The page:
Effectively, Bosnia and Herzegovina has a weak central state and two entities, one of which is a Federation of ten cantons: the Federation of Bosnia and Herzegovina, and the other an agglomeration of eight individual regions: the Republika Srbska. This results in thirteen different constitutions and a tripartite presidency where Bosno-Serbian, Bosno-Croat and Bosniac presidents all take part in a rotating presidency that changes every 8 months. As for the government, whose power is limited to the domains of the country’s currency, external relations, citizenship, and refugees, it is equipped with two Prime Ministers, two assemblies, and two legislative institutions. The country has over 760 MPs, 180 ministers, and 1,200 prosecutors and judges among its mere 4 million inhabitants.

This is in addition to the High Representative (HR), who is in charge of “taking actions against civil servants or government officials who are absent at meetings without a valid reason, or who the High Representative considers to have violated their legal obligations which were made under the peace agreement or the provisions for its implementation,” noted in a Senate report.

The Peace Implementation Council (PIC) granted “Bonn Powers” to the High Representative, which were extended to implement the Dayton Agreement. There are two types of these powers. One is known as the “substitution power”, through which the HR can take over the roles of local authorities and impose laws and policies which override obstacles created by local politicians in regards to certain aspects of the Dayton Agreement. The other is known as the “international power”, through which the HR can dismiss, suspend, block, and fine public officials for effective implementation of the Dayton Agreement.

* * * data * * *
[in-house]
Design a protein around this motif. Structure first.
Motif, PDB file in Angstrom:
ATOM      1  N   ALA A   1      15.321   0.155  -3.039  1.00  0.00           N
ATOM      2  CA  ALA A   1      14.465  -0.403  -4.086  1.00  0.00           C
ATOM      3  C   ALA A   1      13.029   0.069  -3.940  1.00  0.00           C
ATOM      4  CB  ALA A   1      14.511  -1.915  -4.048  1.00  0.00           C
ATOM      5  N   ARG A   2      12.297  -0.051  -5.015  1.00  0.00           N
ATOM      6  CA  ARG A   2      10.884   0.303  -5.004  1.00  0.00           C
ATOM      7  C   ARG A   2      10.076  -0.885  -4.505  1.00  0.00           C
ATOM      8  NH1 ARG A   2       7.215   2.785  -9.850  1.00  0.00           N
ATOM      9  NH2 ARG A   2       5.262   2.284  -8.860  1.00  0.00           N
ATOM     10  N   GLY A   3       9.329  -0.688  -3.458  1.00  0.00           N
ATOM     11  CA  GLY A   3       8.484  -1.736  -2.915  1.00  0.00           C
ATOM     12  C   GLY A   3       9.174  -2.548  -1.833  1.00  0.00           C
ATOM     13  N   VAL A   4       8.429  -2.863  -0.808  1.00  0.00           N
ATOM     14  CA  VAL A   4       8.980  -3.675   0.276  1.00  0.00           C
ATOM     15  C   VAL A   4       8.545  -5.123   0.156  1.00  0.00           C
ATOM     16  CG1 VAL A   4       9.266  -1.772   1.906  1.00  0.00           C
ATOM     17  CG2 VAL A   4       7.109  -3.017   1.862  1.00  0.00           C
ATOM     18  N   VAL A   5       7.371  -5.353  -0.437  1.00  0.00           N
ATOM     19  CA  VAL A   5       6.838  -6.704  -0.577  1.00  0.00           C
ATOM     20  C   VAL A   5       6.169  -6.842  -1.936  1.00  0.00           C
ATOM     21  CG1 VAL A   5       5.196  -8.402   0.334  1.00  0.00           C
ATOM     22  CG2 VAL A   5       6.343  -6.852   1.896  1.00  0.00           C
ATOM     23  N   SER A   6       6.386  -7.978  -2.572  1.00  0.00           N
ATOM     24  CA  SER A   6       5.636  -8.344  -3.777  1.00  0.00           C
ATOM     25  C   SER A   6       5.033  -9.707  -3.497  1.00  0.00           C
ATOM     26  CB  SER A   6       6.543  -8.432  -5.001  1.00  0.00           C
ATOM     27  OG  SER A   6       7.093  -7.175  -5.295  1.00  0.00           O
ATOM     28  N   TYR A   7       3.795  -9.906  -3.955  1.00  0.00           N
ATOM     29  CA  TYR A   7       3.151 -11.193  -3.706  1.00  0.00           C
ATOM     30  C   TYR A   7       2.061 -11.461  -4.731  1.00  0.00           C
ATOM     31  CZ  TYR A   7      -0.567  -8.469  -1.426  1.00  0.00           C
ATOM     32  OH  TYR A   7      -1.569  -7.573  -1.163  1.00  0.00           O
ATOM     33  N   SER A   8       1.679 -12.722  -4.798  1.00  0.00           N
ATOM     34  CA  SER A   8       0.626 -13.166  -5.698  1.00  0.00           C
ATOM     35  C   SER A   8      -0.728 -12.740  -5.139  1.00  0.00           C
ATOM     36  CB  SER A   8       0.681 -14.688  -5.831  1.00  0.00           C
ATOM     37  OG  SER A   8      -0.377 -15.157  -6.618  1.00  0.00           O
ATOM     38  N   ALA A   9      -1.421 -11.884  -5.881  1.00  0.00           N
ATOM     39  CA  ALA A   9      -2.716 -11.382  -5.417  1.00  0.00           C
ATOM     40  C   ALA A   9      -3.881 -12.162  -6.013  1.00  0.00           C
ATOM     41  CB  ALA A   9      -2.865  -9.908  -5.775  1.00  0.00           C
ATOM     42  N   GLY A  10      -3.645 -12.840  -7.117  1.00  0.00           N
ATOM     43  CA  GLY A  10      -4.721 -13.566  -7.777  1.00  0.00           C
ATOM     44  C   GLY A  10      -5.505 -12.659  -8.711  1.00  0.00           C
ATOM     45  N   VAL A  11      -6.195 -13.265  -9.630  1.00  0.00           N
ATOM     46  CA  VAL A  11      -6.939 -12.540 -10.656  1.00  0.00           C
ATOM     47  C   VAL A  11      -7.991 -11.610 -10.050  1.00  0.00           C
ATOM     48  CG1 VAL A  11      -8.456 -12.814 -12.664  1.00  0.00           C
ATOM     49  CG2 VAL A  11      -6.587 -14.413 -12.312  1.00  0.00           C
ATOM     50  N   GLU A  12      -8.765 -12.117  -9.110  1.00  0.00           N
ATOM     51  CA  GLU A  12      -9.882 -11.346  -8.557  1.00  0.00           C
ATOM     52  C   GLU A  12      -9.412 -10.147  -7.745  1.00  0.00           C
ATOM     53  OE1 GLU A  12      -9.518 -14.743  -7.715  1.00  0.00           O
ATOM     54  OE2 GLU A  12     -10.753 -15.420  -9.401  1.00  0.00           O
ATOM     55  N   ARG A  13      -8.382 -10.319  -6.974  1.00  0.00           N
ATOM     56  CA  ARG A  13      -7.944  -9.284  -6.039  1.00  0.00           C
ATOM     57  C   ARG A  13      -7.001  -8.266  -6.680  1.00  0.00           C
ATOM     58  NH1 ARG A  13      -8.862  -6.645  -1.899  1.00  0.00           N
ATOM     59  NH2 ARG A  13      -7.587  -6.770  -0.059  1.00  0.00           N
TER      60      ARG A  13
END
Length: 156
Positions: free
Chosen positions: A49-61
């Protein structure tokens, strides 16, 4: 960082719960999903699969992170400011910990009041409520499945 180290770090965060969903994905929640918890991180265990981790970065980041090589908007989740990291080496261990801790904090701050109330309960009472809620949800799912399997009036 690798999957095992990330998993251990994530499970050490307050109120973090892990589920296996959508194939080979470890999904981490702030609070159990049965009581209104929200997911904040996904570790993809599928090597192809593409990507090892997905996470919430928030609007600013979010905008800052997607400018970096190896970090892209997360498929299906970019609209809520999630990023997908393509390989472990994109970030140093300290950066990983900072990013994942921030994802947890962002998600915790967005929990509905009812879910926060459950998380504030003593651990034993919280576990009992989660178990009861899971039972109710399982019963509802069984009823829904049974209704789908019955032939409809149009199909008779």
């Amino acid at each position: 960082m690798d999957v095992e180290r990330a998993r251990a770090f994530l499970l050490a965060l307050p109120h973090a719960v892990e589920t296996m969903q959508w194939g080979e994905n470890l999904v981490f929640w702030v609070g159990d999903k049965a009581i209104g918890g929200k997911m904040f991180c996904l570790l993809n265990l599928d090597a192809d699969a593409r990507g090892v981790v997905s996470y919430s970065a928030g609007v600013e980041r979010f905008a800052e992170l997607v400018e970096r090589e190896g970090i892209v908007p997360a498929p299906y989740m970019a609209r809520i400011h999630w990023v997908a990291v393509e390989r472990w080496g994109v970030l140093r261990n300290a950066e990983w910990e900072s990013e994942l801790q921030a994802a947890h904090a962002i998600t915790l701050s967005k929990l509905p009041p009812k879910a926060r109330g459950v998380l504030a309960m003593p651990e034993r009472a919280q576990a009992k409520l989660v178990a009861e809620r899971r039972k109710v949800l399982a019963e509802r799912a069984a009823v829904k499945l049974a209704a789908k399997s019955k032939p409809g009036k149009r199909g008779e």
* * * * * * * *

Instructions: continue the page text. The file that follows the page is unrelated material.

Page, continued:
During his term in office as the High Representative, Paddy Ashton never hesitated to dismiss politicians from the Republika Srpska in order to pass laws that they were blocking.

The situation today is completely different. Although the current High Representative, Valtin Inzko, still holds the “Bonn Powers” he does not use them. This is for at least two reasons: with the “Bonn Powers” granting him “dictatorial” power, how can one expect a transition to the rule of law, an accession criterion required by the EU, when Inzko himself would not respect it? Furthermore, Milorad Dodik, the president of the Republika Srbska, would know how to use a decision that goes against his interests to his own advantage.

In these conditions, the political, social, and economic situation in Bosnia is not only stagnating, but is also worryingly deteriorating. For the moment, Bosnians are keeping good faith against bad fortune. The trauma left over from the war is always stronger than the politico-socio-economic crisis. But for how much longer will this be the case?